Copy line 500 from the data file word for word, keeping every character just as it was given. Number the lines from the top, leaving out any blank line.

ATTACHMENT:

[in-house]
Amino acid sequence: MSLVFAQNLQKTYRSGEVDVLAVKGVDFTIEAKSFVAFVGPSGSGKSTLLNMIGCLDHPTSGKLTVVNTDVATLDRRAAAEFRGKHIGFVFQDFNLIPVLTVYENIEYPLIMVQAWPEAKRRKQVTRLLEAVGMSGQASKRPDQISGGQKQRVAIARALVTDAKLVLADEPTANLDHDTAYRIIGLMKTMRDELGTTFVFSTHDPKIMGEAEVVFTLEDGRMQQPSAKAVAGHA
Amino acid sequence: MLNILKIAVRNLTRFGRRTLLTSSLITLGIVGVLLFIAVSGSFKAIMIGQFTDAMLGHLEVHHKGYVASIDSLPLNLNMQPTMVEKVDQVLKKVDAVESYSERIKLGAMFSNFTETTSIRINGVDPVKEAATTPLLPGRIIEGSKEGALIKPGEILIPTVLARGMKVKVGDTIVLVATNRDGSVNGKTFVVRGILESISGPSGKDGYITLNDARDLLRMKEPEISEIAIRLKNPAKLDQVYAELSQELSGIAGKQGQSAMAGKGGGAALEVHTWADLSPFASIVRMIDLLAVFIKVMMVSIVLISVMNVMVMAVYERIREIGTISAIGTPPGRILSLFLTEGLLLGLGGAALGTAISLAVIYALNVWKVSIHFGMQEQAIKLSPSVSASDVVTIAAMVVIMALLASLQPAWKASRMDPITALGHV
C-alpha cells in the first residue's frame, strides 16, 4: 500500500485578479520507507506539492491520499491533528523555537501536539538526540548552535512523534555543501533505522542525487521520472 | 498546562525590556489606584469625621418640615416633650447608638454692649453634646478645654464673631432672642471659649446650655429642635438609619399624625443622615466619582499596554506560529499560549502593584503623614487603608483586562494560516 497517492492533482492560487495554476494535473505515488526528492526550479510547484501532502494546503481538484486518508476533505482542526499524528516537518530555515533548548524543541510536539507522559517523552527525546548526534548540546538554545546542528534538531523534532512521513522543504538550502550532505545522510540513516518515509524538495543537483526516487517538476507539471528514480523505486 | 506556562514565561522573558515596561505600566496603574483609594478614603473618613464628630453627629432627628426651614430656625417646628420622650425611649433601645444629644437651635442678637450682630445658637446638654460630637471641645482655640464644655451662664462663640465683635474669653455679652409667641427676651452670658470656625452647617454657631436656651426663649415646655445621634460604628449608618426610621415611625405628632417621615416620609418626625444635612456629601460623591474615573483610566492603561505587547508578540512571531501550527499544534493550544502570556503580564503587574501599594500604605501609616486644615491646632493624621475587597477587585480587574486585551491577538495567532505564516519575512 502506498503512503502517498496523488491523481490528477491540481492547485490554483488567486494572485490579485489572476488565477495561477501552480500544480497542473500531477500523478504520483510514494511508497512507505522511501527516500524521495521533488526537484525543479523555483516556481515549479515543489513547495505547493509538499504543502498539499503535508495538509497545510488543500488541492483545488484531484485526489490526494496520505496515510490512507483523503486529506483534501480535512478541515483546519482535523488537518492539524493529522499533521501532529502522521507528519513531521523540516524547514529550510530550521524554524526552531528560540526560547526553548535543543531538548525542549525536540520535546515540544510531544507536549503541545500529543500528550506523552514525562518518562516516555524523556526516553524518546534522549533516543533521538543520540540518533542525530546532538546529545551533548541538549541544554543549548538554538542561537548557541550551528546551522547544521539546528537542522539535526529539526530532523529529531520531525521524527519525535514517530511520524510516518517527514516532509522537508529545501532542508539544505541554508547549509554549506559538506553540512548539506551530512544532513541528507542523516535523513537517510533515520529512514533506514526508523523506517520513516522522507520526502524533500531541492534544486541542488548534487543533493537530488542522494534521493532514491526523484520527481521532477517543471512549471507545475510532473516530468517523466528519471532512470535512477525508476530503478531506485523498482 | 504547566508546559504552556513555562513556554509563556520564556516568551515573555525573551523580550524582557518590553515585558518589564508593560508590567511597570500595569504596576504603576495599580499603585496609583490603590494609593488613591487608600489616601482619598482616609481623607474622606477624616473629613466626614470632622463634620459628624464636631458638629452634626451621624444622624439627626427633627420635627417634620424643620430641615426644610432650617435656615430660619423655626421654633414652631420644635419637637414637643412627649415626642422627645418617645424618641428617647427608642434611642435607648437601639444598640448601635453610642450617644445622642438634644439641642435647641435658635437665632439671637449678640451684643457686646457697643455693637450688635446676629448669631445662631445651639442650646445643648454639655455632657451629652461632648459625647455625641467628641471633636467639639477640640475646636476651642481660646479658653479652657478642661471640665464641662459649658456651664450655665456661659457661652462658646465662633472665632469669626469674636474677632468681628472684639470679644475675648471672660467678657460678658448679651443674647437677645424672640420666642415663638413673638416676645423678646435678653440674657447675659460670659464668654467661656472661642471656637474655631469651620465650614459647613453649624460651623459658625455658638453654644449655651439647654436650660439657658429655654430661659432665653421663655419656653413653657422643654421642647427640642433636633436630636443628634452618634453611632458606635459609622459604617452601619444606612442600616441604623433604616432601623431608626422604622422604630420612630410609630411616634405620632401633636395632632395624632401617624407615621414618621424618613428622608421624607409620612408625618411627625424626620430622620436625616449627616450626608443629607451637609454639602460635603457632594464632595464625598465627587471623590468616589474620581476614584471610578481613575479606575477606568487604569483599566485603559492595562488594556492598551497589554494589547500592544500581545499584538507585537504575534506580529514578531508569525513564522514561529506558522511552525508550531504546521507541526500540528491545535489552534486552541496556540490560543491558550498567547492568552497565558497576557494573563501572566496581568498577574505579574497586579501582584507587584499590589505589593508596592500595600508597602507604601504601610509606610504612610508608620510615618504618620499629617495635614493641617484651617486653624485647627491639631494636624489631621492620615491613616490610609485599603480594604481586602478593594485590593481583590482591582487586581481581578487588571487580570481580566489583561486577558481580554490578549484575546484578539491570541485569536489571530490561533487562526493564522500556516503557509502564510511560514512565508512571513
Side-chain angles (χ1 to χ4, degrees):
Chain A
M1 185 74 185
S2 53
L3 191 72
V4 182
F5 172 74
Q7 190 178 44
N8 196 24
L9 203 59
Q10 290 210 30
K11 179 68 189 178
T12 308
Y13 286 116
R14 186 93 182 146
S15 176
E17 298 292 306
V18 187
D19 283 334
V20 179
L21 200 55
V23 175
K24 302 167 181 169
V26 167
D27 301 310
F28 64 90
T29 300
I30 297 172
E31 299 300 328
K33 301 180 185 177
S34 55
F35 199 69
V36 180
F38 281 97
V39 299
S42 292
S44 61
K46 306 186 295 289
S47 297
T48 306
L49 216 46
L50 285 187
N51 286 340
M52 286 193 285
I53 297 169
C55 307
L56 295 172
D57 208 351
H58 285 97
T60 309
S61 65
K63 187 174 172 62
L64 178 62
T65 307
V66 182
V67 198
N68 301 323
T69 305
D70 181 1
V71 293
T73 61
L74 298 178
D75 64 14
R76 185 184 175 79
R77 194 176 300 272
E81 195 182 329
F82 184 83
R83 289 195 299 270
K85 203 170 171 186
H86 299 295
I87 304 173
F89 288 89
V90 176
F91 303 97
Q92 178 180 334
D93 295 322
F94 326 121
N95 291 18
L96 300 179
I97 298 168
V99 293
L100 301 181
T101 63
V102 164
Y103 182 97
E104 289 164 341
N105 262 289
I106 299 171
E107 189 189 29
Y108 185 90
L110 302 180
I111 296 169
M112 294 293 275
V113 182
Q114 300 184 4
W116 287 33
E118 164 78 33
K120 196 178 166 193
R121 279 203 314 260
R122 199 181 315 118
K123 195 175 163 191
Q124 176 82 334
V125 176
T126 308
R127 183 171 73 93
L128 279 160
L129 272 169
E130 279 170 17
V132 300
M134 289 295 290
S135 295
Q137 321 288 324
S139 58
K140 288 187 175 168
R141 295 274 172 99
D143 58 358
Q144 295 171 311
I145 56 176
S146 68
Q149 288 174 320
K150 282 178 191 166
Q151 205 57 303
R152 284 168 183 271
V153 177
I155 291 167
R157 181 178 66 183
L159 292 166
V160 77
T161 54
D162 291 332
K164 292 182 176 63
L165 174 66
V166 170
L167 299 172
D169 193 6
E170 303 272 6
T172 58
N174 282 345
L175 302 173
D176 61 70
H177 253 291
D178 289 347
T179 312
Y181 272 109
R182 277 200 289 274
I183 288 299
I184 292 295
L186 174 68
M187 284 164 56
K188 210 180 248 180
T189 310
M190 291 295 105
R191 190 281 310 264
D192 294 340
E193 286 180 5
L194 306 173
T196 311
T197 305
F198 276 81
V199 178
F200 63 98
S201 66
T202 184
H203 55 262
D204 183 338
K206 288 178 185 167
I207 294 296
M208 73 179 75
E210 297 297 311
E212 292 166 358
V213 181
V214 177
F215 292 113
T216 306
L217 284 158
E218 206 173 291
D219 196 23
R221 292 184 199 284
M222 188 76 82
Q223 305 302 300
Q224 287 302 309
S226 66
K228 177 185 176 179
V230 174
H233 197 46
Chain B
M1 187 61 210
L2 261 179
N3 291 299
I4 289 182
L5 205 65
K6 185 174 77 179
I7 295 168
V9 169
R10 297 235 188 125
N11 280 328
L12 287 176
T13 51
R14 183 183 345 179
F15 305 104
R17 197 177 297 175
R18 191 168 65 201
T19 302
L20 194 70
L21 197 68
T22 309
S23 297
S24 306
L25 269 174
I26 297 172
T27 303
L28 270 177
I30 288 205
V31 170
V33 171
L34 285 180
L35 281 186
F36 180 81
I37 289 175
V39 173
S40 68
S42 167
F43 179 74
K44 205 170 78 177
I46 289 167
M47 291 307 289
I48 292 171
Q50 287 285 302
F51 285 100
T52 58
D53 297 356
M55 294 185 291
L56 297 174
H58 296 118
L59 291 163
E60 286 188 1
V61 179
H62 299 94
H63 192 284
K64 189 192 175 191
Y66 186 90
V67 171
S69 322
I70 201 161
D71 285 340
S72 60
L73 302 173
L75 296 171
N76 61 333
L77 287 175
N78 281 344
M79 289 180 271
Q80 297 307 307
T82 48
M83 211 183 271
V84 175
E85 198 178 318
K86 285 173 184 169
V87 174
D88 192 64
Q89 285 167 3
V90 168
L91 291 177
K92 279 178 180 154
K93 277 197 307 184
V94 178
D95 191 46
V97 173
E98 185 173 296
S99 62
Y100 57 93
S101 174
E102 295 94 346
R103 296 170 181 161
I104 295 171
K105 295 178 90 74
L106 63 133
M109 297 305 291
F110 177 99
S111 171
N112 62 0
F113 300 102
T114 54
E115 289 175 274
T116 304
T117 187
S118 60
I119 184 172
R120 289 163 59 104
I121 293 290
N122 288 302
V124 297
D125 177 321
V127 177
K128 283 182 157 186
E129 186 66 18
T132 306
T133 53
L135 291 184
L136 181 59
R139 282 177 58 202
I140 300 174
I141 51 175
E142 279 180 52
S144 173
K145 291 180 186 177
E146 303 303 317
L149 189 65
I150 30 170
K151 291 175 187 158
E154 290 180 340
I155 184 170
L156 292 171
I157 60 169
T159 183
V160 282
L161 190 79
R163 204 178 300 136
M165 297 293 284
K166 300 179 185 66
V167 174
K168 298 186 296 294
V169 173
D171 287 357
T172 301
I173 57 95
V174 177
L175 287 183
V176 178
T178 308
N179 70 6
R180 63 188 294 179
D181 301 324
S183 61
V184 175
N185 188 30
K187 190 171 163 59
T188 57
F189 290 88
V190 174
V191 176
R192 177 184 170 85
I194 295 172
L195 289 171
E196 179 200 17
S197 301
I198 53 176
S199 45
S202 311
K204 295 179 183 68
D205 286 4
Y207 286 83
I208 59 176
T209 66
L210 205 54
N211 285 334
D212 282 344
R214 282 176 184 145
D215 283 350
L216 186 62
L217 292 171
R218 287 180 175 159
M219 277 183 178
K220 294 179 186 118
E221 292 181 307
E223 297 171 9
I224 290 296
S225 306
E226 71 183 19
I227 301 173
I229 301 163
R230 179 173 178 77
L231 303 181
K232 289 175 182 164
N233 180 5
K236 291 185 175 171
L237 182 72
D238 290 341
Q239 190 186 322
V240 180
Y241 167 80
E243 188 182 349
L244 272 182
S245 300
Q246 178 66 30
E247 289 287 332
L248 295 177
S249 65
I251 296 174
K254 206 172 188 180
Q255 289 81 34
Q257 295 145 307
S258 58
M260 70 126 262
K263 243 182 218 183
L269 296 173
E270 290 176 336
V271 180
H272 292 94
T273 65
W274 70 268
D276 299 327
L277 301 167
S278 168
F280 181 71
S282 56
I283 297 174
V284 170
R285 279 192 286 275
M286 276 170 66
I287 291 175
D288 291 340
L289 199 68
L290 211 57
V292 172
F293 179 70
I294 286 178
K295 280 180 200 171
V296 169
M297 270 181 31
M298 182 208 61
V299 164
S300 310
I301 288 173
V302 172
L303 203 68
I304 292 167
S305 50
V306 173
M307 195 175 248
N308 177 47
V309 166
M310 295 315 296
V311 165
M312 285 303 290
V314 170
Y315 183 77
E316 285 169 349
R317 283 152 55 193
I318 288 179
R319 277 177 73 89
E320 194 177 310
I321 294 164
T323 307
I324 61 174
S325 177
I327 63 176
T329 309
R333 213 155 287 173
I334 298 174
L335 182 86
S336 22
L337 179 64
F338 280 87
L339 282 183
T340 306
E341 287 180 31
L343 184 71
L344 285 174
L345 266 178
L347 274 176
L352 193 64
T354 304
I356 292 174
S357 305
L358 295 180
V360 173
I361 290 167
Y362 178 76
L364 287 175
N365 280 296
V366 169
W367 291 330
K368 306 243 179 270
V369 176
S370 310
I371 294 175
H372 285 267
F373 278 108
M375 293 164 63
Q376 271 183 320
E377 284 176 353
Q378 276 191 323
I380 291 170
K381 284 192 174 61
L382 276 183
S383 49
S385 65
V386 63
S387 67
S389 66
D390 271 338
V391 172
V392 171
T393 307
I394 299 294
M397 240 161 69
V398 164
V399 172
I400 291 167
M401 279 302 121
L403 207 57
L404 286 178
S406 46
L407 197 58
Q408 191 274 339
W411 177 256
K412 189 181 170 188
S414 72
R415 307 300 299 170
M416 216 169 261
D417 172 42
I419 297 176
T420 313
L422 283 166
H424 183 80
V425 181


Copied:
I394 299 294